multi(0)disk(0)rdisk(0)partition(2)WINNT="Microsof t Windows 2000 Professional Domain 2" /fastdetect

    Of course, partition numbers must correspond your partitions positions, and WINNT is the name of your Windows folders.

  7. #7
    New Lounger
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    Re: dual booting

    Robert
    For my needs the two IP's must be on the same computer and not necessarily "visible" at the same time. Therefore dual-booting can be a solution. On IP connects to the internet using an automatically supplied number. The other IP is a static IP connected to a server providing a connection to an SQL server. I needn't have access to both IP's at the same time but MUST have access to each IP from the one computer. After the weekend I intend to try out both suggestions presented here, the setting up of the dual boot as laid out by Kaplinb AND the suggestion of two NIC cards.
    Another NIC card can also be a solution. The problem with that is connecting the computer to the hub. Wiring etc can be more of a problem than Dual booting.
    IF I can get BOTH methods to work I will them know which is more suitable for my needs..
    Errol

  8. #8
    ileacy
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    Re: dual booting

    Errol.

    Mark's solution (Alternate IP Configurations) is probably your best solution. If you can ping both networks over the existing single NIC without recabling, then, adding a second NIC is both unnecessary and will *not* work.

  9. #9
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    Re: dual booting

    Mark and Ian
    I tried the "alternate IP" but it didn't (cannot??) work. My one IP is a static one connected to a SQL server the other is an internet connection given by my IP provider using DHNS. The XP doesn't (or can't) recognize an alternate IP in such a setup. At least from my trials that is the case.
    Errol

  10. #10
    ileacy
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    Re: dual booting

    Errol. Did you mean DHCP, I don't know what DHNS is.

    Anyway, as I understand your situation now, you need to connect to a SQL server on your local LAN. In addition you need to connect to an ISP via ethernet to a cable or dsl modem. Is this correct?

  11. #11
    New Lounger
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    Re: dual booting

    ian
    Sorry for the typo, I wasn't concentrating. The answer to your question is "yes". What you have described is what I need to do, connect to a SQL server with a static IP AND from the same computer (not necessarilly at the same time) connect via ethernet to my ISP.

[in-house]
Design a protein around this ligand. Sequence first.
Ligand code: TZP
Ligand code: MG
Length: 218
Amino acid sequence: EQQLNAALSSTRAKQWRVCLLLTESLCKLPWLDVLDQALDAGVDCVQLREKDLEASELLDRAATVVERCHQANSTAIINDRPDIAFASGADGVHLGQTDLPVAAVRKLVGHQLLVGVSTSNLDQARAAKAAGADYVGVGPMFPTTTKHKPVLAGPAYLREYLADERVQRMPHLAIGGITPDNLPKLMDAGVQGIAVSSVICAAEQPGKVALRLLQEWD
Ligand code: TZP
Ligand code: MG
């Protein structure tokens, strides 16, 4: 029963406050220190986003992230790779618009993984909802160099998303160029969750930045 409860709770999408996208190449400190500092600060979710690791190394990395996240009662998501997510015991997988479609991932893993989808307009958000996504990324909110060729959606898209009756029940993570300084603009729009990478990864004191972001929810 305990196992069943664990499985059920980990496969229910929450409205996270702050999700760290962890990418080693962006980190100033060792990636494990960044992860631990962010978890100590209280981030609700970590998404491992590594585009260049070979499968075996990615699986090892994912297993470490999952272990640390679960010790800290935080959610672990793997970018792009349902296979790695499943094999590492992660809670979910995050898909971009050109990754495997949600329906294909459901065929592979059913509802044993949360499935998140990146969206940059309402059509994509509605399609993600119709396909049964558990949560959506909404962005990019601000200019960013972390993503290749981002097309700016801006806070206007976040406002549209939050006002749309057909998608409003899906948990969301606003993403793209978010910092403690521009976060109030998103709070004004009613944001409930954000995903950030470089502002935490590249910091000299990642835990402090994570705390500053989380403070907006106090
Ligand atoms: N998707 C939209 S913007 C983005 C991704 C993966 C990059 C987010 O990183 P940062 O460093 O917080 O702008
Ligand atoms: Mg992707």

Errol

  12. #12
    ileacy
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    Re: dual booting

    You have two basic solutions available.

    1)Install a second NIC in your PC. Connect the cable/dsl modem to the second NIC. Use the Cable/DSL setup wizard to configure the ISP connection.

    2)Install a cable/dsl router on your primary LAN. Connect the cable/dsl modem to the router. Configure the router to connect to your ISP. Make the router your default gateway to the internet.

  13. #13
    ileacy
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    Re: dual booting

    Hey Mark:

    You might want to take a look at <A target="_blank" HREF=http://www.netswitcher.com>NetSwitcher</A>. The latest version (3.2.3) fully supports XP and makes working with multiple network configurations a treat.

    Anyone who uses a notebook on multiple networks will appreciate it.

    (Saved my but this weekend once I upgraded to the XP compatible version. <img src=/S/blush.gif border=0 alt=blush width=15 height=15>)

  14. #14
    New Lounger
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    Re: dual booting

    After trying (and succeeding) to dual boot., I installed a second NIC and use one card to connect to the SQL server and the other to connect to the internet. I am staying with using the two cards. Though the wiring was a slight problem, once done it is easier to use than dual booting. I can use both the programs on the SQL server AND connect to the internet without having to boot and reboot my computer for every change in my needs.
    THANKS TO ALL who gave advice. For me both lessons were important and helped solve a very real problem.
    Errol